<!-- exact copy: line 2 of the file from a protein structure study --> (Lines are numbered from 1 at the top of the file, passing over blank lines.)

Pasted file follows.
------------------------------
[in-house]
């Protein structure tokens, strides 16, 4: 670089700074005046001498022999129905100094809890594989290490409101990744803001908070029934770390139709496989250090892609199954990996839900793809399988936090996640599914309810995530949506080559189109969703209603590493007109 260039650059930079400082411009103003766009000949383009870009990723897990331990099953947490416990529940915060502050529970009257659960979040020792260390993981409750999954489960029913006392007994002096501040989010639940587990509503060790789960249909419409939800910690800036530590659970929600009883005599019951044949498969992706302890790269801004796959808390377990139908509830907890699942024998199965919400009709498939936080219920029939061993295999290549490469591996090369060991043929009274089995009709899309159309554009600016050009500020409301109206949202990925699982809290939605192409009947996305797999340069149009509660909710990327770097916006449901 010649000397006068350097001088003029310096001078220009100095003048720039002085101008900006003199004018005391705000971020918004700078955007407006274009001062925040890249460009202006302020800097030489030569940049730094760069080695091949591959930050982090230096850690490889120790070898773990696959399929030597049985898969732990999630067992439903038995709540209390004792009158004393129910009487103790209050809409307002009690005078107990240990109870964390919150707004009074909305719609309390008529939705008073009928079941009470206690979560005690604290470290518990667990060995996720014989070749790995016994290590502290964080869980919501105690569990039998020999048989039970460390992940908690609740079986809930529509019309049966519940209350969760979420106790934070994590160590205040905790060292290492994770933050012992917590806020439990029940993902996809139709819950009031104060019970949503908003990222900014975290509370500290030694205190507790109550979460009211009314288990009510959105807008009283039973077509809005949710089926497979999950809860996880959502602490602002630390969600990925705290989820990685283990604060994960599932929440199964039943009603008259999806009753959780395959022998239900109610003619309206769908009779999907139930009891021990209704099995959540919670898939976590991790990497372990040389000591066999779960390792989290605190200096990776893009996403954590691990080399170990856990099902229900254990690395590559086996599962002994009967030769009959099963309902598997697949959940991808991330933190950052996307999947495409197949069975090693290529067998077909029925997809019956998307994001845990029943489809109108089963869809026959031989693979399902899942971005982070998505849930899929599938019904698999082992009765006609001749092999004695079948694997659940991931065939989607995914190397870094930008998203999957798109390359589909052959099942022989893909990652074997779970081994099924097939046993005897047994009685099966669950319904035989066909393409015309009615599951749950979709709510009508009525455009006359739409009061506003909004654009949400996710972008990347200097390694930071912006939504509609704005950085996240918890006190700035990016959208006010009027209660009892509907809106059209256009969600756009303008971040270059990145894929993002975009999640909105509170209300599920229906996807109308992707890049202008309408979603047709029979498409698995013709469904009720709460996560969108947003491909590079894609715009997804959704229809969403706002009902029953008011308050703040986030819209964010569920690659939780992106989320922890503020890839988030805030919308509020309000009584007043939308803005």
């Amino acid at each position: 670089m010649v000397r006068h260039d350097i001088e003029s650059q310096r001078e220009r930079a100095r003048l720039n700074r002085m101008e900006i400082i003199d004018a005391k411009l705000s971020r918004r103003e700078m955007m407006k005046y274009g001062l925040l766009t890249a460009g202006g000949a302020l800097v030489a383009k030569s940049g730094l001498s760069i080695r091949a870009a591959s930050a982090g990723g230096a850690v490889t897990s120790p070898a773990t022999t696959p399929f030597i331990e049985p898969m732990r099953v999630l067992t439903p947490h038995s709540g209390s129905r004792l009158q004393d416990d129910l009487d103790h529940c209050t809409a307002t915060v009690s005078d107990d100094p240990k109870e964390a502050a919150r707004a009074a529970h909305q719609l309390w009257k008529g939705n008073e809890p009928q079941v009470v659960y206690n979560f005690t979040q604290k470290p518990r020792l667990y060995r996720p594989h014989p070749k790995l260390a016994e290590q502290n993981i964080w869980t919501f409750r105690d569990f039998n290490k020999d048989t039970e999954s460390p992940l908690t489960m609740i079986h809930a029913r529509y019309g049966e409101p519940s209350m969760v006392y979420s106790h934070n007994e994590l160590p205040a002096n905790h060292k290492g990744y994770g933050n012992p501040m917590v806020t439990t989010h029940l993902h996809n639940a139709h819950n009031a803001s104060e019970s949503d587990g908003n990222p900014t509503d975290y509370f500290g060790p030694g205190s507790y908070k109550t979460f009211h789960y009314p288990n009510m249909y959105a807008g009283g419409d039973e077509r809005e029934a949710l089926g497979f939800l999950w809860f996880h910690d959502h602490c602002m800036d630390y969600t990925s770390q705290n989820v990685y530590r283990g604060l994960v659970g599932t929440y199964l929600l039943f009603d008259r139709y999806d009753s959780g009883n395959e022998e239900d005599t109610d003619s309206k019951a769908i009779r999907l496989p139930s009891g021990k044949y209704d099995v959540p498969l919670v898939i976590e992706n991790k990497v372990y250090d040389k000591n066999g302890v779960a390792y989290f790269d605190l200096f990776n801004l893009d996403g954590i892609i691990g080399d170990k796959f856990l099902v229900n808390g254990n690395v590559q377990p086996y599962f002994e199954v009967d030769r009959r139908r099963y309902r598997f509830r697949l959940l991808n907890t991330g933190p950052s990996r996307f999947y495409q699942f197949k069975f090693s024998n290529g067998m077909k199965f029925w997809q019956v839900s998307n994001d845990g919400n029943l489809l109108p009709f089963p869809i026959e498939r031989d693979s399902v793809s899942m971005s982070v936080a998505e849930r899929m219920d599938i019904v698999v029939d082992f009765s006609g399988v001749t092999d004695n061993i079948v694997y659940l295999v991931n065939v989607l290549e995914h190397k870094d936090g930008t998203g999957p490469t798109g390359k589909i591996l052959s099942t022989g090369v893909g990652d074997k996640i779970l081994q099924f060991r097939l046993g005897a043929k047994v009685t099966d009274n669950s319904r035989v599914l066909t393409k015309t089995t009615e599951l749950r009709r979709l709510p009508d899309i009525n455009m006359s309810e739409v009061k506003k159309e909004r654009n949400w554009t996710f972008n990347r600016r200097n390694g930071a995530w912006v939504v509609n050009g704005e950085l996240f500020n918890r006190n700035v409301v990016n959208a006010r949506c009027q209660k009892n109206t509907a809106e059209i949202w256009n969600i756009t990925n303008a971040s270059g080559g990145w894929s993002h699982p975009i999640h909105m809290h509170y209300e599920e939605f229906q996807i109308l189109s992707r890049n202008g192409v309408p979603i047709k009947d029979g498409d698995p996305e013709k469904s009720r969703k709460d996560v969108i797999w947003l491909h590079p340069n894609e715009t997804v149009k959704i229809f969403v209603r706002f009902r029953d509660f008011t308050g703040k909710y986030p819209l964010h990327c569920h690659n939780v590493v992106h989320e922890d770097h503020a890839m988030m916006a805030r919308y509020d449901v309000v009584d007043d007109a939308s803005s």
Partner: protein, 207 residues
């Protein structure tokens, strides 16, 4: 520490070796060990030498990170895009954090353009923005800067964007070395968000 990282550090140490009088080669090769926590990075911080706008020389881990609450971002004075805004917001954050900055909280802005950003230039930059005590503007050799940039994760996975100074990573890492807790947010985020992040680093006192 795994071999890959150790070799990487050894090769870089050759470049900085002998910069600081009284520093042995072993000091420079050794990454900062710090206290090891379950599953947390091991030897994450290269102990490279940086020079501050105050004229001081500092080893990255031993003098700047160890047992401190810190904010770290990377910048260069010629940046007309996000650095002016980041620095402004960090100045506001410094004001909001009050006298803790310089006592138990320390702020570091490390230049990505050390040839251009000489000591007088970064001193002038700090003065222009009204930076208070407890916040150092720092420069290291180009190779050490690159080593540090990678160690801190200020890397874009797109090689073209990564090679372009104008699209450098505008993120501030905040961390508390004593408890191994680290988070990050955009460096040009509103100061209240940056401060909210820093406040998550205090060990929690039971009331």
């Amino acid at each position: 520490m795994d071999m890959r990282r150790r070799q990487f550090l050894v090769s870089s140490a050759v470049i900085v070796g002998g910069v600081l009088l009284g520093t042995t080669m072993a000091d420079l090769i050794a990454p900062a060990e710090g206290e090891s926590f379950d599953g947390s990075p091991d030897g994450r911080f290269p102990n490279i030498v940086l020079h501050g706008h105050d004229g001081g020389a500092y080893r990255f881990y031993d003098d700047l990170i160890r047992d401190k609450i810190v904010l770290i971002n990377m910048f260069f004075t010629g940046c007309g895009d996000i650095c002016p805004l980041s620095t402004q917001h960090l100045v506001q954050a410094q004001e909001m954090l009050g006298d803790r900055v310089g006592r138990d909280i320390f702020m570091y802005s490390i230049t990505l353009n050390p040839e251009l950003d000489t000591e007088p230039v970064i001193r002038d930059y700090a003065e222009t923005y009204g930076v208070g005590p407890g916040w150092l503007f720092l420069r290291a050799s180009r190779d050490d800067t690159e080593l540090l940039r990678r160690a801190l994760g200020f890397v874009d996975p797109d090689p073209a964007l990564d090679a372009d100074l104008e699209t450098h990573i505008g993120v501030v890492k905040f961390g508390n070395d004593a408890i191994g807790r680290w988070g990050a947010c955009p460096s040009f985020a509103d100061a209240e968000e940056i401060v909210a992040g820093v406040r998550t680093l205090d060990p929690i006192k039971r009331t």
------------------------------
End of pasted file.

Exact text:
């Protein structure tokens, strides 16, 4: 670089700074005046001498022999129905100094809890594989290490409101990744803001908070029934770390139709496989250090892609199954990996839900793809399988936090996640599914309810995530949506080559189109969703209603590493007109 260039650059930079400082411009103003766009000949383009870009990723897990331990099953947490416990529940915060502050529970009257659960979040020792260390993981409750999954489960029913006392007994002096501040989010639940587990509503060790789960249909419409939800910690800036530590659970929600009883005599019951044949498969992706302890790269801004796959808390377990139908509830907890699942024998199965919400009709498939936080219920029939061993295999290549490469591996090369060991043929009274089995009709899309159309554009600016050009500020409301109206949202990925699982809290939605192409009947996305797999340069149009509660909710990327770097916006449901 010649000397006068350097001088003029310096001078220009100095003048720039002085101008900006003199004018005391705000971020918004700078955007407006274009001062925040890249460009202006302020800097030489030569940049730094760069080695091949591959930050982090230096850690490889120790070898773990696959399929030597049985898969732990999630067992439903038995709540209390004792009158004393129910009487103790209050809409307002009690005078107990240990109870964390919150707004009074909305719609309390008529939705008073009928079941009470206690979560005690604290470290518990667990060995996720014989070749790995016994290590502290964080869980919501105690569990039998020999048989039970460390992940908690609740079986809930529509019309049966519940209350969760979420106790934070994590160590205040905790060292290492994770933050012992917590806020439990029940993902996809139709819950009031104060019970949503908003990222900014975290509370500290030694205190507790109550979460009211009314288990009510959105807008009283039973077509809005949710089926497979999950809860996880959502602490602002630390969600990925705290989820990685283990604060994960599932929440199964039943009603008259999806009753959780395959022998239900109610003619309206769908009779999907139930009891021990209704099995959540919670898939976590991790990497372990040389000591066999779960390792989290605190200096990776893009996403954590691990080399170990856990099902229900254990690395590559086996599962002994009967030769009959099963309902598997697949959940991808991330933190950052996307999947495409197949069975090693290529067998077909029925997809019956998307994001845990029943489809109108089963869809026959031989693979399902899942971005982070998505849930899929599938019904698999082992009765006609001749092999004695079948694997659940991931065939989607995914190397870094930008998203999957798109390359589909052959099942022989893909990652074997779970081994099924097939046993005897047994009685099966669950319904035989066909393409015309009615599951749950979709709510009508009525455009006359739409009061506003909004654009949400996710972008990347200097390694930071912006939504509609704005950085996240918890006190700035990016959208006010009027209660009892509907809106059209256009969600756009303008971040270059990145894929993002975009999640909105509170209300599920229906996807109308992707890049202008309408979603047709029979498409698995013709469904009720709460996560969108947003491909590079894609715009997804959704229809969403706002009902029953008011308050703040986030819209964010569920690659939780992106989320922890503020890839988030805030919308509020309000009584007043939308803005």